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Estate agents' valuations- can I trust their wishful thinking?

(23 Posts)
bowbluebell Tue 16-Feb-10 17:52:26

Hi

We've just had an estate agent round to value DP's flat in east London. It's a period property in a mansion block. He was pretty keen, but the valuation he has given us is waaaay more than we expected (up to 325000, we were expecting 250000). I know that they are keen to get properties on their books and that house prices are funny round here at the moment, but that seems way out. Does it sound like he's having us on? What's your experience of the, um, accuracy of their valuations? I don't want to get my hopes up, find a house to move to and then not get anywhere near the price.

If it helps, it's a two double bed, second floor flat in a mansion block in Bow, next to the station.

Thanks

Kathy

MarthaFarquhar Tue 16-Feb-10 17:54:38

when we had our old flat valued, the each agent came with particulars of other similar properties they'd sold recent, and what price they went for, for comparison. Did yours not do this?

salbysea Tue 16-Feb-10 17:59:44

in my experience, if they give a high valuation, then push for sole agent, yip its usually an over valuation and they know it.

Some agents just do a quick internet search of last 1/2/3/whatever you have, bed flat to be sold in your post code as they run out the door to your valuation without taking time to see if its really comparable (gardens, views, balconies etc)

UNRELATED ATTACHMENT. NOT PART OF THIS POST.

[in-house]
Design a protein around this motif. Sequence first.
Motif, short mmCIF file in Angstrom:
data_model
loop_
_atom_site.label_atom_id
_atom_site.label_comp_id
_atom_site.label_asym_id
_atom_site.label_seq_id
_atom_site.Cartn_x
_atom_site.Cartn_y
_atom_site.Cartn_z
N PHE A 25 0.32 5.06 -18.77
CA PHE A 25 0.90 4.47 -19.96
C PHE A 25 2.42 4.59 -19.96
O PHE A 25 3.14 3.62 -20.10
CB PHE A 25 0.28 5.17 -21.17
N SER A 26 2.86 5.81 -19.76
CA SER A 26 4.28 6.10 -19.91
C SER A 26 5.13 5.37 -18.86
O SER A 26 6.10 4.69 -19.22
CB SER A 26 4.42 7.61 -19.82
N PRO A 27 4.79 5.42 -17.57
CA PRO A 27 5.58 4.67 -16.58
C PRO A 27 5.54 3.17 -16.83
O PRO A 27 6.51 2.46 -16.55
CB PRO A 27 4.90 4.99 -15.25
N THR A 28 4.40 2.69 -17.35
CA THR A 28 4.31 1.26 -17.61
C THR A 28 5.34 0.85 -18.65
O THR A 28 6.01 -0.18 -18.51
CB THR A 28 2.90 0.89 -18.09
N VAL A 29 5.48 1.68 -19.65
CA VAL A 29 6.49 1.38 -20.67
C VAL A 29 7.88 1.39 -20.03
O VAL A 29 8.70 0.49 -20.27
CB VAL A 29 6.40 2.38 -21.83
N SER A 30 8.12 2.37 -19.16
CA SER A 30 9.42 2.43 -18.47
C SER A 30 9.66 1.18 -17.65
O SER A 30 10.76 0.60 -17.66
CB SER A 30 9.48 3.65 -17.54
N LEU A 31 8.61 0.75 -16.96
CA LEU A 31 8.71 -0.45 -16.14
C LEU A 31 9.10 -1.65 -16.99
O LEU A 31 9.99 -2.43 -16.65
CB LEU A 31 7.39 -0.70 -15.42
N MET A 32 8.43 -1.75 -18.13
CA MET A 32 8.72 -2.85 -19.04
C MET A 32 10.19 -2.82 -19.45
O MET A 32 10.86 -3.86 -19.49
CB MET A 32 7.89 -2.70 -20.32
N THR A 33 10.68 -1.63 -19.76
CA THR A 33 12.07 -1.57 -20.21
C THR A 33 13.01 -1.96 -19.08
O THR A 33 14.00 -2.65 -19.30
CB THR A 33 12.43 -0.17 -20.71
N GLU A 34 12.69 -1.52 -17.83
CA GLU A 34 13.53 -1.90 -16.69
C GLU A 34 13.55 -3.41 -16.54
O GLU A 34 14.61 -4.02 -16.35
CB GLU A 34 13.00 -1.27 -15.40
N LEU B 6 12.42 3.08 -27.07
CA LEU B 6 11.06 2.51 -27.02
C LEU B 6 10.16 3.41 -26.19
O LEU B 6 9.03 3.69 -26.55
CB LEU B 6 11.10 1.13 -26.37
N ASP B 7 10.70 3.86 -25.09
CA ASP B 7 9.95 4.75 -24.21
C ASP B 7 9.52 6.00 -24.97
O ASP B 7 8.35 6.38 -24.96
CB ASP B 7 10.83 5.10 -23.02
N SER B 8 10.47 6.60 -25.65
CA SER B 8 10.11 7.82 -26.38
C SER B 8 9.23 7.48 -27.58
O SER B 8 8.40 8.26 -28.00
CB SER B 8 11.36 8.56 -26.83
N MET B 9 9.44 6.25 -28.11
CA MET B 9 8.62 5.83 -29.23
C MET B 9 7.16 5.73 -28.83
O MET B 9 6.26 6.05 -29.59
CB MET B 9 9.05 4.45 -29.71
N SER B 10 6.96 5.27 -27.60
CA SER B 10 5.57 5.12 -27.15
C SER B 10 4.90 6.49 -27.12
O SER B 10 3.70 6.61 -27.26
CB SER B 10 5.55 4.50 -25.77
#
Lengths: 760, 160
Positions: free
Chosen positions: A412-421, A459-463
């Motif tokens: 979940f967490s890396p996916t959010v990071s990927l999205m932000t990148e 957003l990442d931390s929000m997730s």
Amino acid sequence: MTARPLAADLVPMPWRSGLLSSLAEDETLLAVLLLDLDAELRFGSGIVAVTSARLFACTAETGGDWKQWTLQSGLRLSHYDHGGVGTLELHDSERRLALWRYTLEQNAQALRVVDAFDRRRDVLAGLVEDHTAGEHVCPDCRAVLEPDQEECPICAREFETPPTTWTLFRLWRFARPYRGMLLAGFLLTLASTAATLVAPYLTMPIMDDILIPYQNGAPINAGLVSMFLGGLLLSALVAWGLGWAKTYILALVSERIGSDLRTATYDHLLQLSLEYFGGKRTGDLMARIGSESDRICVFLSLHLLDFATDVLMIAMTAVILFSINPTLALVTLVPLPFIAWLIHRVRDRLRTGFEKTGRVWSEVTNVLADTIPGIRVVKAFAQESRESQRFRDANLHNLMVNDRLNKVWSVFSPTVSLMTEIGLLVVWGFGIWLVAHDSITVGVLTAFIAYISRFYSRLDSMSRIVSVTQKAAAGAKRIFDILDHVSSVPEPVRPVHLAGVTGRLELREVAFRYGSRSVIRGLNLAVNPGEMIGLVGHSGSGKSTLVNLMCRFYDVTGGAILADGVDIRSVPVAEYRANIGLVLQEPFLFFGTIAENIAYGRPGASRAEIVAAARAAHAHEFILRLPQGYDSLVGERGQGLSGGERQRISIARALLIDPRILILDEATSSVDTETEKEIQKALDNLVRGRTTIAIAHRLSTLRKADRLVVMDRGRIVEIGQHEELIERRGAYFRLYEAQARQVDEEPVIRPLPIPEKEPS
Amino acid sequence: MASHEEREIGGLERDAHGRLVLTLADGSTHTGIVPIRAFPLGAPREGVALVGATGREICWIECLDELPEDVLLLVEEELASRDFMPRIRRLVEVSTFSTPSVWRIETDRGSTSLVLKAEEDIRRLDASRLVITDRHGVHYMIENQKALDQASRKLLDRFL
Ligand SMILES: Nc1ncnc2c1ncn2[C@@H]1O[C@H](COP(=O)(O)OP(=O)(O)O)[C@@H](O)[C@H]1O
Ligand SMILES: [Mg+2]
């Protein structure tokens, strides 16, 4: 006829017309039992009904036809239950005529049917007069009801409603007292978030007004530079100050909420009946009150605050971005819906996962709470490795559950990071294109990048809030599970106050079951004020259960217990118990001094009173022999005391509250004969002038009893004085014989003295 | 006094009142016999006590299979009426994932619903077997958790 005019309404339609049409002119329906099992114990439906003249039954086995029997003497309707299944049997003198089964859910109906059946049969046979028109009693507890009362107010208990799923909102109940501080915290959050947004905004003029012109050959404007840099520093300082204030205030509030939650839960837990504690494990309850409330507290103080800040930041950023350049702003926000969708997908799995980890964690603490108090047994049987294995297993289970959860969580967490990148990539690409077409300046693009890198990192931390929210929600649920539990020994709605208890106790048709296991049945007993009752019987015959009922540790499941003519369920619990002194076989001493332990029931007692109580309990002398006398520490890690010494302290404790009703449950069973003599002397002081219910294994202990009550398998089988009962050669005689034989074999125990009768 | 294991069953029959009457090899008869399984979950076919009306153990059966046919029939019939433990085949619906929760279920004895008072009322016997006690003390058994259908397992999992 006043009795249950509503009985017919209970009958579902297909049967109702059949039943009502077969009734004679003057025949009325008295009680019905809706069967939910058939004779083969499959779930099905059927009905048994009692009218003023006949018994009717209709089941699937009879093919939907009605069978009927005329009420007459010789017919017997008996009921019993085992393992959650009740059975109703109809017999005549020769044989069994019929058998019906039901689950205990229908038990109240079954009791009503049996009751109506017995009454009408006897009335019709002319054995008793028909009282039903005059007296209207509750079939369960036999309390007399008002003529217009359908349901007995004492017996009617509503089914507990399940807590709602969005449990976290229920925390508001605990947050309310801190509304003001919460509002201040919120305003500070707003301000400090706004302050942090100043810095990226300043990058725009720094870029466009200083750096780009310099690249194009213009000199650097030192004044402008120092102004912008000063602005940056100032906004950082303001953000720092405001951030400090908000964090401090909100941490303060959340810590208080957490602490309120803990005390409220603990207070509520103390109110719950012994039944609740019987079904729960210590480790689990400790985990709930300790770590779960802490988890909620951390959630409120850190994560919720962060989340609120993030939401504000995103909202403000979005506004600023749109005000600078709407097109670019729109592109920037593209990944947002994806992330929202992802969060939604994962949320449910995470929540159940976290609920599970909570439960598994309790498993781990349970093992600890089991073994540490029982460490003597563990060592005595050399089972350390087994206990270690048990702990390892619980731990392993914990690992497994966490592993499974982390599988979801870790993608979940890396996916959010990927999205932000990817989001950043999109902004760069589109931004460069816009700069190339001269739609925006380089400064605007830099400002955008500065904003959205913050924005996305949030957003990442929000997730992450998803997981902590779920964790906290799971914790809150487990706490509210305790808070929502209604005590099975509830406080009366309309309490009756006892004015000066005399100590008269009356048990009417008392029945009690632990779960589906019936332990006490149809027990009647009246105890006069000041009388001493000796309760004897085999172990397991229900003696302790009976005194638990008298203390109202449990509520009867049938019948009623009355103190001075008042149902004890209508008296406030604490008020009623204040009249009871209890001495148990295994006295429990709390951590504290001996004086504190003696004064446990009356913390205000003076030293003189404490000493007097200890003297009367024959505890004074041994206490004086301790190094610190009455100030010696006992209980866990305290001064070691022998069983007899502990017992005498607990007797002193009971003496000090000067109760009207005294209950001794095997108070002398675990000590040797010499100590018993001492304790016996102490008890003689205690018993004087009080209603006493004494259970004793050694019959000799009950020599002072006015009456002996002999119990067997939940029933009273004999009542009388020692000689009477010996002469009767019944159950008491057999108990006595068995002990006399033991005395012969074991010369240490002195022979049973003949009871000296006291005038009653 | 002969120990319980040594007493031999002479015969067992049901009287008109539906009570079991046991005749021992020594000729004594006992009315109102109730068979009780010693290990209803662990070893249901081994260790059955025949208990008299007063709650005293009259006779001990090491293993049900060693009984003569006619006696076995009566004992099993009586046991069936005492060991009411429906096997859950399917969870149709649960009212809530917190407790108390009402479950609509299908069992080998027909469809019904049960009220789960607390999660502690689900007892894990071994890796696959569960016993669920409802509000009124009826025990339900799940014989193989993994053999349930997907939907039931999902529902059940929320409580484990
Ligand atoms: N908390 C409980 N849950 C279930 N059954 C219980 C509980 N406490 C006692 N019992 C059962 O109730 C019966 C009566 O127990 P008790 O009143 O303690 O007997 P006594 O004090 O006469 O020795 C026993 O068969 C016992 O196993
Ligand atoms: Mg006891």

I think its best to get at least 3 valuations

Chunkyrice Tue 16-Feb-10 17:59:48

I'm sure someone will be along with a better knowledge of your are.
But you need to get several valuations.

When my place was up for sale, one reputable agency suggested it was worth 60k more than the others. I concluded he thought we had another bedreoom and had just come from a liquid lunch.

Many will say what you want to hear in order to get you on their books. However, one EA was very honest up, but undervalued it. I don't think he had the sales drive.

Look at some sold house price sites for your area, and you should get an idea of what things are going for at the moment.

Also bear in mind whether you think-the agent thinks it's a bull or bear market.

LIZS Tue 16-Feb-10 18:02:01

Have any similar sold recently - check out nethouseprices or Rightmove which update form Land Registry . You probably won't get an offer accepted yourselves until you have got one on your own property unless the financing is separate.

Cosette Tue 16-Feb-10 18:02:51